Now I can’t help but tune in weekly to public television to see what’s afoot at Downton Abbey.
Does Matthew love Lavinia or Mary? Will Mr. Bates get out of jail? Did he really kill his wife? How many English servants does it take to screw in a light bulb?
These are things I need to know now.
I’m a latecomer to watching this retro-hip series. I was having lunch with my friends last month and the talk was all about “The Abbey” and I was out of the loop. After shoving yet another piece of sushi in my mouth I stupidly asked, “What is Downton Abbey?”
They looked at me as if I had lobsters crawling out of my ears.
They then proceeded to give me the low down on the biggest hit to come out of Great Britain since Mr. Bean. I was informed that I was already two seasons behind and had some serious catching up to do if I wanted to be up to speed by the new year when season three debuted. I could either tune in to Hulu or borrow the dvds of the first two seasons, which they all owned.
I’m not usually a TV drama fan, but I do like period themes and the show is on PBS so it has to be distinguished, right? I opted to borrow the dvds since the Progressive insurance lady has already become a frequent extra in my dreams.
While working on some Christmas sewing projects I tuned in to the dramatic antics of the entitled and endowed Crawley family and their doting house staff.
I got hooked.
Oh, I want to smack Mary! She’s such a spoiled brat and hardly deserves sweet Matthew, especially after getting jiggy with the Turkish ambassador. And she’s so mean to homely Edith, who suffers from a serious case of middle sister syndrome just like poor Jan on The Brady Bunch. Whether it’s “Marsha, Marsha, Marsha!” or “Mary, Mary, Mary!” the jealous rivalry is the same.
Why is the middle sister always the pathetic one?
As a middle sister, I resent that.
Anyway, the house staff’s mischief behind the scenes of the high society they serve is no less dramatic. Thomas the footman and O’Brian the lady’s maid are self-serving villains who are always either scheming together or plotting against each other to advance their own purposes.
The show is full of pomp and politics, tradition and rebellion, love and hate, affairs and elopements, miscarriages, mistaken identities, and murder. They even reincarnated Shirley Maclaine in the cast as an American heiress come to England to try the nerves of proper British society.
As I’ve allowed myself to get attached to these characters’ tangled lives and twisted motives, I was haunted by a teenage addiction. Oh no! This show is a freakin’ SOAP OPERA!
It may be set in early 20th Century England and aired on PBS under the hoity-toity title of “Masterpiece” like it’s all cultured and highbrow, but the fact is it’s really nothing more than a snooty soap.
This epiphany came to me as I watched an episode where a long-lost, thought-to-be-dead heir showed up at Downton to claim his birthright by trying to convince the neglected and vulnerable middle sister that underneath his disfigured-in-the-war face wrapped in bandages is the man she once loved, he just couldn’t remember who he was for several years because he got amnesia after sinking with the Titanic.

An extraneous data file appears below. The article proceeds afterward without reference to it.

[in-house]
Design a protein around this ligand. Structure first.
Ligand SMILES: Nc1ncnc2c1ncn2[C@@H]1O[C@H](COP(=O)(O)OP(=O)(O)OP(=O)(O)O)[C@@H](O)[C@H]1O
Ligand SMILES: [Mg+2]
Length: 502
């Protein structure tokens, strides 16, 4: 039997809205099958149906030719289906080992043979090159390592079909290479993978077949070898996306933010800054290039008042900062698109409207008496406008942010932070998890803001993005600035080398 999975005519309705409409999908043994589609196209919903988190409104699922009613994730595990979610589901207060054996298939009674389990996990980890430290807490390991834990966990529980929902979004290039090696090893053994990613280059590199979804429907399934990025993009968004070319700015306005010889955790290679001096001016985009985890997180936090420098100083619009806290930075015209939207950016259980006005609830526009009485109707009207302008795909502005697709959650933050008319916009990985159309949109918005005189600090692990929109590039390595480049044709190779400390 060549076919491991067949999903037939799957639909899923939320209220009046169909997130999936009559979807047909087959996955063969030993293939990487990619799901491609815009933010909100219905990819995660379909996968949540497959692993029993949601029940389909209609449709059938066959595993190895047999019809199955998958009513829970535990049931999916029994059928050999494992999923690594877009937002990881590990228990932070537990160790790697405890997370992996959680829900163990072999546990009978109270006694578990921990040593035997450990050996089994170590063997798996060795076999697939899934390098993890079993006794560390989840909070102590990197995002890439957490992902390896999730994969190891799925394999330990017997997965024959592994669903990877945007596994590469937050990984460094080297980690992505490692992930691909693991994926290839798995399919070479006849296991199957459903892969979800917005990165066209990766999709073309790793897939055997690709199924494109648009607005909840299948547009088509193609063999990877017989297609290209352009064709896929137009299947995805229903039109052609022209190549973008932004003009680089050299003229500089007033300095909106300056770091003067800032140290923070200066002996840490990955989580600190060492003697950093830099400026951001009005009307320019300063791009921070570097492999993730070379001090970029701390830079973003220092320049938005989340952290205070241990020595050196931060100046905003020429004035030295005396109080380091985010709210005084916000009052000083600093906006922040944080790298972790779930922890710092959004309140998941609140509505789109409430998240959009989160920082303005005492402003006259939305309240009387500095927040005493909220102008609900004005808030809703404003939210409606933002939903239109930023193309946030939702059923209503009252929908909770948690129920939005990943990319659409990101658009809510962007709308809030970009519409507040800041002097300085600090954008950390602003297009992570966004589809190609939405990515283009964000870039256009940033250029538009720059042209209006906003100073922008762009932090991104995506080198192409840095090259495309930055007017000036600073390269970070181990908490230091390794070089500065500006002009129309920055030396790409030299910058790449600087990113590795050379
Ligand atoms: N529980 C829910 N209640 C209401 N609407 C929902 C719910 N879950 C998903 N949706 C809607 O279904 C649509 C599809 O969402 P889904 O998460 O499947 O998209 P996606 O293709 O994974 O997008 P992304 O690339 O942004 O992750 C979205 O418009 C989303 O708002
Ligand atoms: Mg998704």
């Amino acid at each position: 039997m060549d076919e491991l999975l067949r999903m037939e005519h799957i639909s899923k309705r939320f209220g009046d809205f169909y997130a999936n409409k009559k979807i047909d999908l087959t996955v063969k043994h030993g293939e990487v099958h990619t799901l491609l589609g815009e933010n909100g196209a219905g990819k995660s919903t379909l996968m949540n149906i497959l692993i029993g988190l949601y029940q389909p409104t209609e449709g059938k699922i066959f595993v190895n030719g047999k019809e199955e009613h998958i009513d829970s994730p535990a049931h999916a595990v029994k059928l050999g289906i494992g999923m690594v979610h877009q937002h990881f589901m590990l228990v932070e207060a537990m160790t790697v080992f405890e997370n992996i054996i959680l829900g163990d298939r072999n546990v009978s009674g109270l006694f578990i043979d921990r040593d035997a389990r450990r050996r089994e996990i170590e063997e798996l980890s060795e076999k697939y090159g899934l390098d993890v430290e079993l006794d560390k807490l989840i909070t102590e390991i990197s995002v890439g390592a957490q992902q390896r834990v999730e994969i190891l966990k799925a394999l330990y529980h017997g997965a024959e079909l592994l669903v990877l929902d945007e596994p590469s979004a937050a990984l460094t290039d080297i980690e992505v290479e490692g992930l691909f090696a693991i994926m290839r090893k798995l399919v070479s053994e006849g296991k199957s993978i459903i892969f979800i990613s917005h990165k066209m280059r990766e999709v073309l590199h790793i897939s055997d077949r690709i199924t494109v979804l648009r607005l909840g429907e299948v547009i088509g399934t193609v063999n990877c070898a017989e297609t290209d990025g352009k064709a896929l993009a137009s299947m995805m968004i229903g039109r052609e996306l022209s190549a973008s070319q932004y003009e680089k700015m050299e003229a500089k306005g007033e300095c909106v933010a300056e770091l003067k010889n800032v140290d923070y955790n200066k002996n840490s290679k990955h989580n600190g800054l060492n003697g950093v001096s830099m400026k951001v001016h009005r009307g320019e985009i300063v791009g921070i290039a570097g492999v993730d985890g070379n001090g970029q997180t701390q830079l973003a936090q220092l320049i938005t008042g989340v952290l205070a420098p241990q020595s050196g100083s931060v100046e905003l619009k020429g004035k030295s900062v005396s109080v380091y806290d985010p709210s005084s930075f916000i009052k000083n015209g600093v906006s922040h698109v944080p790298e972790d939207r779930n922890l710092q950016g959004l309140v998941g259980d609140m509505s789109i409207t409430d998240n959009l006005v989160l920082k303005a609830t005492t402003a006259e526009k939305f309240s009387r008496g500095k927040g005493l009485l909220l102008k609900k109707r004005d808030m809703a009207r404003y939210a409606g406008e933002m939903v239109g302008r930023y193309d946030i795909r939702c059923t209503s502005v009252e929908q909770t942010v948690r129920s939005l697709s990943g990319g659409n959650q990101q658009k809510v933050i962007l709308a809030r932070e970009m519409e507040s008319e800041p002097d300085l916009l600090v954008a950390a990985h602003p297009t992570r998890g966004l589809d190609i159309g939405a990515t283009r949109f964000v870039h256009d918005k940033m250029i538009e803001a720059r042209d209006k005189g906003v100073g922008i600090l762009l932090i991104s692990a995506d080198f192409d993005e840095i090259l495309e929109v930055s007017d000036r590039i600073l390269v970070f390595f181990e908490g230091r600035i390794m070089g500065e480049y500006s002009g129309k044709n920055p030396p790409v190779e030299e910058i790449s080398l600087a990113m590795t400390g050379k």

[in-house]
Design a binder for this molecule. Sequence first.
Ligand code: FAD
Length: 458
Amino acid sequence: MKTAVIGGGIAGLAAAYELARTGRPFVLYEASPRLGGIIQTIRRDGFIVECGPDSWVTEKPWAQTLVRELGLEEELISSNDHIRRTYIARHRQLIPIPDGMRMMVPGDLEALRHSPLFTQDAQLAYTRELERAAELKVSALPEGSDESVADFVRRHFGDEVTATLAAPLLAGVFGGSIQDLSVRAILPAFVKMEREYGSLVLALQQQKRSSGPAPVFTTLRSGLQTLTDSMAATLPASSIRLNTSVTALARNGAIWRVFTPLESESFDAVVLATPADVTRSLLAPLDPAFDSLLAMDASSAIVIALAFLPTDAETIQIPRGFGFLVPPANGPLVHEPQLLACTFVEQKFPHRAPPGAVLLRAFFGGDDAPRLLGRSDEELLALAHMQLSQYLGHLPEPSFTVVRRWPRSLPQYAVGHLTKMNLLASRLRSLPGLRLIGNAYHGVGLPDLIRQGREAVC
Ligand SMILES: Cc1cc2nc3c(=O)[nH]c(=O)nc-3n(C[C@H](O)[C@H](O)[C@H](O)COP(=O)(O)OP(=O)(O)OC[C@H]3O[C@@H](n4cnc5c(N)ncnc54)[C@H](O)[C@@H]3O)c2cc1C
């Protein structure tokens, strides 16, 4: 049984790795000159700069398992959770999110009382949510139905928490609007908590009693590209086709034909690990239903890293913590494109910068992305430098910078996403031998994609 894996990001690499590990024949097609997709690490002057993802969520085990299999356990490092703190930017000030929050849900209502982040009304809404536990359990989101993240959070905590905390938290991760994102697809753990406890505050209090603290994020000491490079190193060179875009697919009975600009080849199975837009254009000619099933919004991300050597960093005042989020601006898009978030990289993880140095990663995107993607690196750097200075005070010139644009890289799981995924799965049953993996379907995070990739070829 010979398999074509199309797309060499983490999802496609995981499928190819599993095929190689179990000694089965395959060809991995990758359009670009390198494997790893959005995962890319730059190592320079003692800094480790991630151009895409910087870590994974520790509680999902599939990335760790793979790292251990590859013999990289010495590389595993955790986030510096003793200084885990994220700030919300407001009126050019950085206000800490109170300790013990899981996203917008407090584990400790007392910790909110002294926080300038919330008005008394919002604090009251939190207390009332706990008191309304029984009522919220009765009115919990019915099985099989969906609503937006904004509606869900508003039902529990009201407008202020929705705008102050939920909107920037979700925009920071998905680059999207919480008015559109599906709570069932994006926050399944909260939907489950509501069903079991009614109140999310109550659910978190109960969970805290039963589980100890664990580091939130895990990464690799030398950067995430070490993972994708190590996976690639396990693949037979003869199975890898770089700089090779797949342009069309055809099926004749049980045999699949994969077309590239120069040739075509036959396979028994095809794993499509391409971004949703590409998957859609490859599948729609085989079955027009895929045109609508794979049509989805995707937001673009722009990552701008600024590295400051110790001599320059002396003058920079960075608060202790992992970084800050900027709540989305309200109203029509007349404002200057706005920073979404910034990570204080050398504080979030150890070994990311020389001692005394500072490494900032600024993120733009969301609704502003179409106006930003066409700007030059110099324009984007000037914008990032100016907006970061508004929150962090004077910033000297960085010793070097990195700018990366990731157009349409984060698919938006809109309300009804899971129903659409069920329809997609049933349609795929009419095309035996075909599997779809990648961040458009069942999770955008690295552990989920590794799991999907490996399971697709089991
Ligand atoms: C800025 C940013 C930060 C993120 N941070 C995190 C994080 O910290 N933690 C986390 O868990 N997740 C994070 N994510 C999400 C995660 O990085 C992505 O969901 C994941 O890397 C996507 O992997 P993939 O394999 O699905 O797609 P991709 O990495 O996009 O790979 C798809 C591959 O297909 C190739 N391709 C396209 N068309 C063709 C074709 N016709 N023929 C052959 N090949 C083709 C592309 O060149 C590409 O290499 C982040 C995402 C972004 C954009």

I’d been duped.
Confession: I was a Days of Our Lives junkie for three years in high school.
Every day after school I would call my mom from my friend Nicki’s house to tell her we were studying together, then we’d scoop up huge bowls of ice cream, douse them in chocolate syrup, and park in front of the tube to watch “Days.” Over those three years, I watched tortured, beloved characters go on and off the show and come back as other people, then be mistaken for themselves and surgically changed to be someone else only to be killed by their evil twin, which was played by the same person.
I know a soap plot when I see one, folks, and Downton Abbey, even with all its period pomp and circumstance, is seriously sudsy.
I managed to wean myself off of “Days” in time to grow up and go to college in order to develop my mind to higher intelligence and refine my taste to prefer elevated, cultured entertainment, only to be sucked back down the drain twenty six years later by a PBS packaged melodrama ploy!
Isn’t PBS supposed to be educational and cultured? Aren’t we supposed to tune in to PBS to rise above the onslaught of mind-numbing smut on cable? I trusted you, Public Broadcasting! You were supposed to save me from myself and now you’ve caused me to fall off the wagon!
I can’t stop watching Downton now. I have to know what happens! Mary and Matthew finally got married because Lavinia croaked during the Spanish flu epidemic. Downton is on the verge of ruin because Lord Grantham’s investments went bust, but Matthew might be able to save it with the fortune he could inherit from his late almost father-in-law who didn’t know Matthew secretly loved Mary. Mr. Bates is still in jail for possibly baking arsenic into a lethal pie for his former wife, and Mrs. Hughes’ lump might be cancerous. Edith is so desperate not to be an old maid that she’s throwing herself at an old, maimed, rich geezer, and who knows when Mangleface is going to show up again to wreak havoc on everybody’s lives!
“This program was made possible by a grant from the National Brainwashing Association and viewers like you.”